Native technical reasoning: I want this application to run on one platform exactly the way I want it to, I need to gain access to proprietary and complex device functions. This application needs to perform very complex operations, uses lots of memory and is a very custom application with many custom UI controllers. (A few categories include: 3D gaming, heavy UGC apps like CNN iReport and many utilities)

Native Product Reasoning: Keep in mind, as a product person you deal with budgets and resources are almost always limited at best. When I say above that Native is only good for 3D gaming, I fully understand that you could use it for simpler apps as well, but its much more expensive, less scalable and when dealing with small budgets at a COMPANY it often doesn’t make sense. If you’re great at coding apps, then by all means go native on whatever you choose, which is your right because all it costs is your time. That said, here are my main reasons to use a Native app:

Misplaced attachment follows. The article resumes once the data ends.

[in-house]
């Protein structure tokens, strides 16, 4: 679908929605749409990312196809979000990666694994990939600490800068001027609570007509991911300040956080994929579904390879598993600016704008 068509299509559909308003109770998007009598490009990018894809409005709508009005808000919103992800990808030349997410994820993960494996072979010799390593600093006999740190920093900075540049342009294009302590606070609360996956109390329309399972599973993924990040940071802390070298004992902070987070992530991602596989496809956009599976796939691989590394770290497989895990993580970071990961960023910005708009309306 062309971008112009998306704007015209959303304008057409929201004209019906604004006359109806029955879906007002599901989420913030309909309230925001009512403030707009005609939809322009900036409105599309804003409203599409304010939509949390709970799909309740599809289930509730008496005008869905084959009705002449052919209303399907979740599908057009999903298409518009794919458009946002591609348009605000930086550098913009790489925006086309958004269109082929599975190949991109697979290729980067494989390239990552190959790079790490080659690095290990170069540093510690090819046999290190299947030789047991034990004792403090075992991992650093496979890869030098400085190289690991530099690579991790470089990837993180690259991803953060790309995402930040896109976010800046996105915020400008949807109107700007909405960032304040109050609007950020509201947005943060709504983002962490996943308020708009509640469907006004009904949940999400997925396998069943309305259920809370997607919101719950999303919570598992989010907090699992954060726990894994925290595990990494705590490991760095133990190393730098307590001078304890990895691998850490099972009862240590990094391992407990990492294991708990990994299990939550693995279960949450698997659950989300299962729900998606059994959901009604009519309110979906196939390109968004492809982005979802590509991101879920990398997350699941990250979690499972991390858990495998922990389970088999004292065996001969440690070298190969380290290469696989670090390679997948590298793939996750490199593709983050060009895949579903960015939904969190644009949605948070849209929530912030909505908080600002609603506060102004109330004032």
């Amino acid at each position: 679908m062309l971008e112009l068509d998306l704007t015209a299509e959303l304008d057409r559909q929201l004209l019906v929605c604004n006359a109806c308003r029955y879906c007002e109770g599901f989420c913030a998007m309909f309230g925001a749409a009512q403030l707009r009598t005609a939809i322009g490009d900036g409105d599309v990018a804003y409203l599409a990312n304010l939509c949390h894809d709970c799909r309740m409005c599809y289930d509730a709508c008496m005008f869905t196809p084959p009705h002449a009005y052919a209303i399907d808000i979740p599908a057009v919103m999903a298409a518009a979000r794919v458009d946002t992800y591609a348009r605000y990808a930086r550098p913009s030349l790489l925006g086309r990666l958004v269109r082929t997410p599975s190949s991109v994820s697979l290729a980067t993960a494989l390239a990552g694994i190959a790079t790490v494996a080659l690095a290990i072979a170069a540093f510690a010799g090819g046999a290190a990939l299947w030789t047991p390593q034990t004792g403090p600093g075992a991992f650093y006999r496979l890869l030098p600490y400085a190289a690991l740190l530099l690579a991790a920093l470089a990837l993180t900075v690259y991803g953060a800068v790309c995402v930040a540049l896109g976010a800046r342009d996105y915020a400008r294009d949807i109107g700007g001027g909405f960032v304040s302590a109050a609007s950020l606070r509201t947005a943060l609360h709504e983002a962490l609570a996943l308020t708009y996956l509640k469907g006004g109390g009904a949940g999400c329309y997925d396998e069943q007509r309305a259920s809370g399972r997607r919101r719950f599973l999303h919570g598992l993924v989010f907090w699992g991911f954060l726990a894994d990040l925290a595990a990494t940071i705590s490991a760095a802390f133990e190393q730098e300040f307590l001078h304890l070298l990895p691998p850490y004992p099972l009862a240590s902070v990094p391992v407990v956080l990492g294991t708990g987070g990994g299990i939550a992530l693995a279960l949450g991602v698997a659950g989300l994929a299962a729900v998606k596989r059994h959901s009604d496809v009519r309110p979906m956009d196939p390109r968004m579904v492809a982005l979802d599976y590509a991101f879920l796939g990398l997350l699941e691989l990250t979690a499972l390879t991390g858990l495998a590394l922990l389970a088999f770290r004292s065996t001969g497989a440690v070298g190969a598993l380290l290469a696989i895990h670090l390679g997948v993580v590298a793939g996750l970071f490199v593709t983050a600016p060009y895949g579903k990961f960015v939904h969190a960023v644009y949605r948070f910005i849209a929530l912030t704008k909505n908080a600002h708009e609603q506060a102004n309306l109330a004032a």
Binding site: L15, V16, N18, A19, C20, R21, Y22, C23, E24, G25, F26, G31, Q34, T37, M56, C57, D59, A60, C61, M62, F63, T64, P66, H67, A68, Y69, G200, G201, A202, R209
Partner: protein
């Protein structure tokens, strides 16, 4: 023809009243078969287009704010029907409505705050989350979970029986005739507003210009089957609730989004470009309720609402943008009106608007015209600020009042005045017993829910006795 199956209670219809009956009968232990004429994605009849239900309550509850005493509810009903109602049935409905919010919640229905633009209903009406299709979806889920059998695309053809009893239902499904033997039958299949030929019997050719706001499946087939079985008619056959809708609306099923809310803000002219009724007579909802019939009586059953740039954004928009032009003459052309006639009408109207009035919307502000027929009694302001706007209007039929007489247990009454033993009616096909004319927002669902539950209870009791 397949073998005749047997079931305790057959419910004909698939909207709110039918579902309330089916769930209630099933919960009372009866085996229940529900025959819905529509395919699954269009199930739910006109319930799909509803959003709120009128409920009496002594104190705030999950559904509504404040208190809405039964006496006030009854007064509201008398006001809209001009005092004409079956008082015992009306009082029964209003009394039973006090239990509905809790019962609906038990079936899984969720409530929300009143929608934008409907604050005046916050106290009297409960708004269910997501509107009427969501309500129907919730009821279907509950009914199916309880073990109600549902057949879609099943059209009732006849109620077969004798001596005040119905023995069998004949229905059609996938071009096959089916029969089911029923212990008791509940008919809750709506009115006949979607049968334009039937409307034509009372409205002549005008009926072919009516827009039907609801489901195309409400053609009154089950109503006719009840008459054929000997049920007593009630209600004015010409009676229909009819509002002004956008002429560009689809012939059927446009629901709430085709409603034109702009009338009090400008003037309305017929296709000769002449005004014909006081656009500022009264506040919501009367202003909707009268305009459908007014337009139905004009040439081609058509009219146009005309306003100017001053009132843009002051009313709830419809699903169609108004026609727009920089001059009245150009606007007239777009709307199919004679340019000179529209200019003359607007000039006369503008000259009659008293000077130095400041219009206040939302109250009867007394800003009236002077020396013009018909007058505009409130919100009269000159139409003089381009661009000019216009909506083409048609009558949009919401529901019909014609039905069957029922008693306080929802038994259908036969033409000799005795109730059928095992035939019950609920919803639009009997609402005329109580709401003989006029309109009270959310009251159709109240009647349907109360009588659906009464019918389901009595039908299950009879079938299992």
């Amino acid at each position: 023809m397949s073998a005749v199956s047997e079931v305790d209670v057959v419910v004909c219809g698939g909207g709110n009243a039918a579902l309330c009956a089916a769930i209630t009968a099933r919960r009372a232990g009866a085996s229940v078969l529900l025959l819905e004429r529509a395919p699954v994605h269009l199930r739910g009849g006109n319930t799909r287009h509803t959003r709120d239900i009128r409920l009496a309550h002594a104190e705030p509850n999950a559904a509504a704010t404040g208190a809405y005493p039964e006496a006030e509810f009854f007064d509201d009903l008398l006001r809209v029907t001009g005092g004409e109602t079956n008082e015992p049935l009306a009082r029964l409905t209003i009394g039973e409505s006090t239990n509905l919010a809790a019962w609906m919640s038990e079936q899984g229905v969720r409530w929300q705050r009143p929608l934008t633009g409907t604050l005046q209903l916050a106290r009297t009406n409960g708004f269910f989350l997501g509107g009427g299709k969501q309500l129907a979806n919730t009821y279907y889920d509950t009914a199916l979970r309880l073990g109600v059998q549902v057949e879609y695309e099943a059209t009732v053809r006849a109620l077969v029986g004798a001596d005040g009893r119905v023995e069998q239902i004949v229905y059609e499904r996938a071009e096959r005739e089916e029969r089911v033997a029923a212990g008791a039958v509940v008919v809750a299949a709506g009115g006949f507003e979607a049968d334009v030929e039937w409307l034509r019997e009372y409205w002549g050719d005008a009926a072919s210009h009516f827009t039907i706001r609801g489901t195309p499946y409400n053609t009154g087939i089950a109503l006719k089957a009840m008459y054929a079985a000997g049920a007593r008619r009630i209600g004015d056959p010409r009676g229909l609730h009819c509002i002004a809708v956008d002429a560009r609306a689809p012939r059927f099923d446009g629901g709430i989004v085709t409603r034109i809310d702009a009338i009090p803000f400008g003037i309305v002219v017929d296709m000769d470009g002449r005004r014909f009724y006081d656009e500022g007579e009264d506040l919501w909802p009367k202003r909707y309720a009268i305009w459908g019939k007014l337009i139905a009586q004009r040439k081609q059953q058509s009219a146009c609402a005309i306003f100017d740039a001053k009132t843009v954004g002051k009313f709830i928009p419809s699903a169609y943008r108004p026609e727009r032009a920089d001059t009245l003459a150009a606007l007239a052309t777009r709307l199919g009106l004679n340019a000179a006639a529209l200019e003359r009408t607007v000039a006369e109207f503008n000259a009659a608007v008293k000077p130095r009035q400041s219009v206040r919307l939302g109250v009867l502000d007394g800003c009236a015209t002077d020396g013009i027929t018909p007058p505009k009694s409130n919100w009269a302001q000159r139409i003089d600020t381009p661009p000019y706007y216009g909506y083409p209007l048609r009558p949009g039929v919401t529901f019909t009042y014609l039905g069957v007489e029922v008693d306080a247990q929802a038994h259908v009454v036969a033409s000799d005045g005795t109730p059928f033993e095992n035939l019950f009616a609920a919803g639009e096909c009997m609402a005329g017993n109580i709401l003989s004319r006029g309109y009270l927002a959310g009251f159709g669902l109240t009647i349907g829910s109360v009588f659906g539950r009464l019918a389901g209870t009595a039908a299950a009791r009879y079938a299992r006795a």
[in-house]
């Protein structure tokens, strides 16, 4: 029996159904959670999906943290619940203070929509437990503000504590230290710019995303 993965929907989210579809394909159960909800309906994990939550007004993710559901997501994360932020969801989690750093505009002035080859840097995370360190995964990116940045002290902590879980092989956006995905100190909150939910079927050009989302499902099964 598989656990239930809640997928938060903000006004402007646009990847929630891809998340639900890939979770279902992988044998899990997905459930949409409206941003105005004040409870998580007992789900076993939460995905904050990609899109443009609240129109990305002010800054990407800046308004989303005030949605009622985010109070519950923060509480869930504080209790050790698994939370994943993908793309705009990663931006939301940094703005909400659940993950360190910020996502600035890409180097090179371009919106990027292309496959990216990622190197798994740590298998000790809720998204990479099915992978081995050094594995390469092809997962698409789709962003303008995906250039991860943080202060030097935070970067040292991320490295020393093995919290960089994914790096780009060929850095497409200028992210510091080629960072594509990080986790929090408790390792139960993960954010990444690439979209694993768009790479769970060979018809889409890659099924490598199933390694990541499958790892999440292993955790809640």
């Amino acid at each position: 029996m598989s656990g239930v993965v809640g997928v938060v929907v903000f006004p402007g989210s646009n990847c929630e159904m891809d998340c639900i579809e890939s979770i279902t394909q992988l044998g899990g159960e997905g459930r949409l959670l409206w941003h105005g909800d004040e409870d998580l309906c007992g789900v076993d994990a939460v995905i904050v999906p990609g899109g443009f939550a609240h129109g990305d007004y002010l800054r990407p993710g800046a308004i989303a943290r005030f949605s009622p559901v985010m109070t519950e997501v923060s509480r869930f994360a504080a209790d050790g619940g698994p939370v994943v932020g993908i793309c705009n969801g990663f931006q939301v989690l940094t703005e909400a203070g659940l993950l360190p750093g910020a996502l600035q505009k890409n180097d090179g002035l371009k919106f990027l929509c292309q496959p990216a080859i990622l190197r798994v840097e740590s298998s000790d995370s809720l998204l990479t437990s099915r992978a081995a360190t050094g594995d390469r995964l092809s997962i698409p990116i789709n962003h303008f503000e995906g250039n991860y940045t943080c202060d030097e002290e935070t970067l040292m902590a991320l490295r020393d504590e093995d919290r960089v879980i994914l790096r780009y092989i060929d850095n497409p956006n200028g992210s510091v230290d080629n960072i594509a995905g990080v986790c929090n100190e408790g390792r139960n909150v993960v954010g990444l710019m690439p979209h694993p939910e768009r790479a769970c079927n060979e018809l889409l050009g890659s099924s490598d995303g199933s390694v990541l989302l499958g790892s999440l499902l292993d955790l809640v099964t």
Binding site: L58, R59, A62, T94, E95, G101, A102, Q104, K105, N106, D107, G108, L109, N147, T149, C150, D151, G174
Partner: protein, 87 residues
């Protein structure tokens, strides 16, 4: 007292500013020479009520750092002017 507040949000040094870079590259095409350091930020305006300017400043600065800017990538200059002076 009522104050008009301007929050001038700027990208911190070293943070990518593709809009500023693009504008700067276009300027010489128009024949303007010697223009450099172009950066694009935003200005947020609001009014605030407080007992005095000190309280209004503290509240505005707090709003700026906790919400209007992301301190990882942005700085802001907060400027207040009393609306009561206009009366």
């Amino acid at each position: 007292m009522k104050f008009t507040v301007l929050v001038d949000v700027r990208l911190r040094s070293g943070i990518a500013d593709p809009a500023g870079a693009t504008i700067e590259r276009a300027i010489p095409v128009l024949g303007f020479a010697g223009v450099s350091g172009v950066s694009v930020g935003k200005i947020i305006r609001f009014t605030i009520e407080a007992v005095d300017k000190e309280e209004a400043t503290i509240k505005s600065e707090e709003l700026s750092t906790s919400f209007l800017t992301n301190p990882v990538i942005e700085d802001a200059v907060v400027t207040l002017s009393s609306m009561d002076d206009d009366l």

Native apps make more money. Lots more money. Whether you are a large publisher or a small dev slinging in-app purchases, Apple’s ecosystem works for you in lots of ways. As a large publisher, an advertiser will jump at the chance to create the Coca Cola VH1 Music Awards app and pay for the development of it for you in most cases! If you tried to just offer them a few million impressions on a custom mobile website, they probably won’t even respond (the Hybrid approach is often a clever bridge for this problem). As a small dev, Apple handles the payments for you, teaches all their users how easy it is for them to buy things in apps (this is where you come in and sell users 10,000 Valour points for $9.99) and yes, takes a cut for their trouble, but you have distribution and are set up to start getting checks with very little effort after releasing your product.